himself preferred the model shown above.
I read sometime during that period that the Soviet Union sold shirts,
but because "good fashion" is not scientically or objectively
determinable and because the Soviets made decisions on the fashions
that the shirts were configured in by having comittees make the
decisions, Soviet shirts were, after a few decades, considered to be so
ugly that the raw cotton from which they were made was considered to be
more valuable than the shirts themselves were.
Now, I fully agree that capitalism does a poor job with health care (As
the customer does not desire health care because he or she has saved up
for it or because they've decided they'd really like a certain
sickness, the bartering model that is appropriate for shirts or skirts
is irrelevant here) and education (A very labor-intensive occupation
where capital investments make very little difference), dealing with
natural disasters (Where the affected area needs a really quickly
scaled-up, large intervention in a way that a private company simply
produce) and for national defense (Whereas a national army will fight
to the last bullet, a mercernary army will depart when victory no
longer appears certain). But when a decision to purchase something
involves aesthetics, when the appearance of a product makes a
difference, capitalism is the better system.
Do products have to be priced? Well, in the 1980s, several x-rated film
companies were making films with high production values, they were
using involved plots, substantial clothing budgets and fancy sets.
After a few years of producing such films, several film-makers looked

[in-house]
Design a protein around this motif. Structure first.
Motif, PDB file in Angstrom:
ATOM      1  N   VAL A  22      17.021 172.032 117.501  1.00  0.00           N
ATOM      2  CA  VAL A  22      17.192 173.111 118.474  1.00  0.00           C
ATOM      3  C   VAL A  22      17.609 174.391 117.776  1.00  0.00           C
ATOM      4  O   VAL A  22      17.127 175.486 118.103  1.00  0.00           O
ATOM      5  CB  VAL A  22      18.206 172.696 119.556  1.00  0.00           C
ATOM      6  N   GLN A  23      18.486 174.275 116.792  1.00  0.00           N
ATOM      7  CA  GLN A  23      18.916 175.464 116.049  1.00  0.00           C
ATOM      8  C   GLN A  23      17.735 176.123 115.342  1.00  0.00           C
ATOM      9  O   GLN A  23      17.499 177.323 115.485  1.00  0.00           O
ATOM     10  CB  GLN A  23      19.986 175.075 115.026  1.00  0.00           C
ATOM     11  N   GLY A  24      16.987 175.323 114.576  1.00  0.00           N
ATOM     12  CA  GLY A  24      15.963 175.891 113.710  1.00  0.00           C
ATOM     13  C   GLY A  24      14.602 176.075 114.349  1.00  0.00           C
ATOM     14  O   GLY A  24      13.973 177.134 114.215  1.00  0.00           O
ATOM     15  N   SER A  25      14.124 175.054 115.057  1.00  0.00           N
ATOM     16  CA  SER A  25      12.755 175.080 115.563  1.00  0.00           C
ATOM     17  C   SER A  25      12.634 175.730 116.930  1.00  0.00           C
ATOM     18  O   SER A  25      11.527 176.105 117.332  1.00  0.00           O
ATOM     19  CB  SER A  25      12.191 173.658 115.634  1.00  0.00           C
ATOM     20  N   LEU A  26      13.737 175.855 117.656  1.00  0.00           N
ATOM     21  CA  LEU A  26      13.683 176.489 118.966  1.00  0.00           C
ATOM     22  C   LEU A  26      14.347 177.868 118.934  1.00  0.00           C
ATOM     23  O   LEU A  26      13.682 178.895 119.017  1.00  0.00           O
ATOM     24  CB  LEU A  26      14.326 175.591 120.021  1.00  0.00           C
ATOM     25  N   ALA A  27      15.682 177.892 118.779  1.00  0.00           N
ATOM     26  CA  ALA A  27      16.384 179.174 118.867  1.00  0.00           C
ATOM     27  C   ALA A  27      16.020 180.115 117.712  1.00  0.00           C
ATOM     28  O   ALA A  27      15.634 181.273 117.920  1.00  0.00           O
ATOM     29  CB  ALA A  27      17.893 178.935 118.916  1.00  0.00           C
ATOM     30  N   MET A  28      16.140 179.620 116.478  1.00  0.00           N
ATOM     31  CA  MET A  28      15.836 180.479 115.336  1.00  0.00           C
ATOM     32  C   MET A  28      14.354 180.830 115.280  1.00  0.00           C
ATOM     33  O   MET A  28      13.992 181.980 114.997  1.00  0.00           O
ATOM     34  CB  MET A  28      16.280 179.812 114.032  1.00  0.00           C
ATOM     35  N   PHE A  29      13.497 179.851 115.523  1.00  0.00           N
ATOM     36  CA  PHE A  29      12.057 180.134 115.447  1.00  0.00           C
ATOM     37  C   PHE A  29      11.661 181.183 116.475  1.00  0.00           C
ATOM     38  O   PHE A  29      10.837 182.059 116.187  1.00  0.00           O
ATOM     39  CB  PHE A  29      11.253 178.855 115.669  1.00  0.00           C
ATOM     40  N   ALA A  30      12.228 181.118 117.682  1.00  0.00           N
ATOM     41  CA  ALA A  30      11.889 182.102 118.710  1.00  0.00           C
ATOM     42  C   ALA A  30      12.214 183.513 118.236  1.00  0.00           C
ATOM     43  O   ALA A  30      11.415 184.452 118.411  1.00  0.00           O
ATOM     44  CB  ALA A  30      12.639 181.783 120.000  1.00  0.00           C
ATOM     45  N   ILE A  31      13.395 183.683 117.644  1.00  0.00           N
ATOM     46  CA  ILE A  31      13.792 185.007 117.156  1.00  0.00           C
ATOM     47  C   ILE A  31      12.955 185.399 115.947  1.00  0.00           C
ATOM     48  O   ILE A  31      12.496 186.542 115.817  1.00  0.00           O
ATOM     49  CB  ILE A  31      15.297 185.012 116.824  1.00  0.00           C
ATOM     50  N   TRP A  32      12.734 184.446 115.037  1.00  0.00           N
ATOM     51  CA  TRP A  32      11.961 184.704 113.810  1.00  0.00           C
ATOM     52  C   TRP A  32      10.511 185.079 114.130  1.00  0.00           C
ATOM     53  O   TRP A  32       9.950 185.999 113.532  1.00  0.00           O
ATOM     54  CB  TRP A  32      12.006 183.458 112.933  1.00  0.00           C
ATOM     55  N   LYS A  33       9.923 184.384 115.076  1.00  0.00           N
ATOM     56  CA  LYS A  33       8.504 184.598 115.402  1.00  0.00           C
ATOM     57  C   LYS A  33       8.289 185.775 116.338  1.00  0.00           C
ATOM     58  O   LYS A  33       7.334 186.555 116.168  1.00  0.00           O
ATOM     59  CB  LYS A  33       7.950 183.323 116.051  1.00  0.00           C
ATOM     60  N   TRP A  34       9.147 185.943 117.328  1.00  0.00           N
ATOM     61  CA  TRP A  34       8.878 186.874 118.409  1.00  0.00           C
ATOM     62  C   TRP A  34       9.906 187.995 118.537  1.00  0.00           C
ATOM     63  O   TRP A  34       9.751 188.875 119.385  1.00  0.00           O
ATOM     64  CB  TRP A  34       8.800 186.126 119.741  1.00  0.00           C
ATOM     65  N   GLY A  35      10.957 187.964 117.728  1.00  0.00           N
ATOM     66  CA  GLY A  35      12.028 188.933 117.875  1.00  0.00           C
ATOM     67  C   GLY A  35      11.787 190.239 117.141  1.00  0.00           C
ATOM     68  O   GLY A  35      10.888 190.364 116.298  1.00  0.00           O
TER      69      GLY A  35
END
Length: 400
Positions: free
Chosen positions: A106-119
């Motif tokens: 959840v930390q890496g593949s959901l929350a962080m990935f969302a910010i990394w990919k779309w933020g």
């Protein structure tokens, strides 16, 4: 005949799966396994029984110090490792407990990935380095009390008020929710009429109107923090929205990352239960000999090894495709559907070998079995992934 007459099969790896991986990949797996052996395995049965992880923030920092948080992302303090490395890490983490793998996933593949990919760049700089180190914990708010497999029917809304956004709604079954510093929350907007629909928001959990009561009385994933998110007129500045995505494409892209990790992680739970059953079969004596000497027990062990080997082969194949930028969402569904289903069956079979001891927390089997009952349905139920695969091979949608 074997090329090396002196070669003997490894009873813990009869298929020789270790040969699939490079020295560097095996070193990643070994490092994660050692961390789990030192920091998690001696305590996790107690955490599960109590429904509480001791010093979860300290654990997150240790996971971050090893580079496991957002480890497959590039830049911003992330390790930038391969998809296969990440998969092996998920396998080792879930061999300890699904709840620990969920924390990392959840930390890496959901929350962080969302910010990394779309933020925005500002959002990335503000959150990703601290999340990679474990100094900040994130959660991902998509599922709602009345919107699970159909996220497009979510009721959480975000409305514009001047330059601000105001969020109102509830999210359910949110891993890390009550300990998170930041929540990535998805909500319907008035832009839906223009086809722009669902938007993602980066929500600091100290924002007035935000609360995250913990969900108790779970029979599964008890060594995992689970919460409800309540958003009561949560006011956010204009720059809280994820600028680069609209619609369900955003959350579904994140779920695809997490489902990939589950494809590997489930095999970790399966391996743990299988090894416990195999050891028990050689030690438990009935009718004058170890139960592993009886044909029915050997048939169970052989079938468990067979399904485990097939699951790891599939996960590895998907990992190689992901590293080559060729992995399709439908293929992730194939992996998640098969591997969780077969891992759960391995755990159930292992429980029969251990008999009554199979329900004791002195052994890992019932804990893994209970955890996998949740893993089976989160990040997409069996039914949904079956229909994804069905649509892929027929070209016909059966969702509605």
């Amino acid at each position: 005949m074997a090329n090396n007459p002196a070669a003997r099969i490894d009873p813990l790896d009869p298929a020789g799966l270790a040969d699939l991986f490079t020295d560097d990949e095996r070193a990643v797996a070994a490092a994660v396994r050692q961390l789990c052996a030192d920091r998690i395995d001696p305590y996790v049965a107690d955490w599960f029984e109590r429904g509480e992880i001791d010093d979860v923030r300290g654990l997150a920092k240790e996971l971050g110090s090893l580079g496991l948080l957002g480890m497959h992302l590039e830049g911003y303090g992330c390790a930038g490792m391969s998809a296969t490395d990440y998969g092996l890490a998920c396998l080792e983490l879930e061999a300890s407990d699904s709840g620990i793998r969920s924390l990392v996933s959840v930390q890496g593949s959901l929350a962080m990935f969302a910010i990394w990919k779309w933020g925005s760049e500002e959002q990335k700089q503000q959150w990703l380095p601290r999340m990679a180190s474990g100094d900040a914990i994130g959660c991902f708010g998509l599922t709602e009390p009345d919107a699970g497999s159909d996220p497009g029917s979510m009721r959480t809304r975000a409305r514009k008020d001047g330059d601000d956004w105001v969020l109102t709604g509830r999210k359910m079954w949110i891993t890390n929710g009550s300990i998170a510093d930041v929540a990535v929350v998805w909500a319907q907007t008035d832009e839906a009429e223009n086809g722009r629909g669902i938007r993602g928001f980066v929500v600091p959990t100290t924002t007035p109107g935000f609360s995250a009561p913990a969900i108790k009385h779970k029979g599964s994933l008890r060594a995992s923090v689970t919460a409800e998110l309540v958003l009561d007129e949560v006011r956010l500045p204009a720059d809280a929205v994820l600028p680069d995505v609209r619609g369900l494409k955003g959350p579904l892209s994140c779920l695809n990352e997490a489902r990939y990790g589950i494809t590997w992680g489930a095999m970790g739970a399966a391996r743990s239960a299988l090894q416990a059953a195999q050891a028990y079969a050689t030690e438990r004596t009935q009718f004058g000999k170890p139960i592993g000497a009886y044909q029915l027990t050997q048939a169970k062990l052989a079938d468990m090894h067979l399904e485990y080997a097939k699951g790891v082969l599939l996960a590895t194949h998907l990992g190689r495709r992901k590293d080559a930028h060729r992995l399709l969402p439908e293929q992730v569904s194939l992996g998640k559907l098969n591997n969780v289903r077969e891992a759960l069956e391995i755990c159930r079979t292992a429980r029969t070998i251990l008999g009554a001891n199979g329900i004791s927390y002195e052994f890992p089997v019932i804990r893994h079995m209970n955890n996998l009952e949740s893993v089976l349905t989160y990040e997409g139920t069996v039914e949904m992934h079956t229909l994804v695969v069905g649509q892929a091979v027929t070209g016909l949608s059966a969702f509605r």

at how such films sold compared to the more straightforward
low-production value all-sex films and found that the two types of
films sold about the same number of tickets. Film-makers saved a great
deal of money by not spending on items that the customers didn't care
about. Had seeing such films been free of charge, that change would
never have taken place as people didn't object to x-rated films with lots of production values, they just didn't care
whether such films had decent production values or not. So yes, the
pricing mechanism used in capitalism is of great value as time and
effort and money are saved. Producers are then not wasting efforts on
items that customers don't care about.
Update: Heard from a
Communist friend of mine that perhaps I was thinking of this Wendy's
commercial when I talked abou Soviet fashions:
Heh! But no, not at all. I think if I had any sort of stereotypical
view of Soviet fashions, it was based on Steve Martin's
"Czechoslovakian brothers" in Saturday Night Live, those two "Wild and
Truth be told, my buddy supplied me with a link that shows, yes, they had some decent fashions there:
But what really interested me were these statements way down on that piece:
As the Iron Curtain was lifting, the Western ways of dressing were
getting more exposure through the movies and tourists. As you can see
the envious faces on the background, foreigners did stand out.
The funniest thing is that the Soviet fashion is very hard to break
into time periods. Apart from separating the pre-war era fashion
from the post war (the later one being non-existent), the bulk of it
stretches for over 40 years right up to the 90s.
In other words, the Soviets were, in general and most of the time,
intelligently self-aware and realized that, as their system lacked a
market mechanism to guide their fashions, it was smarter for them to
not innovate and to suffer some drab fashion choices than it would have
been to have gone out on a limb and to have produced awful choices.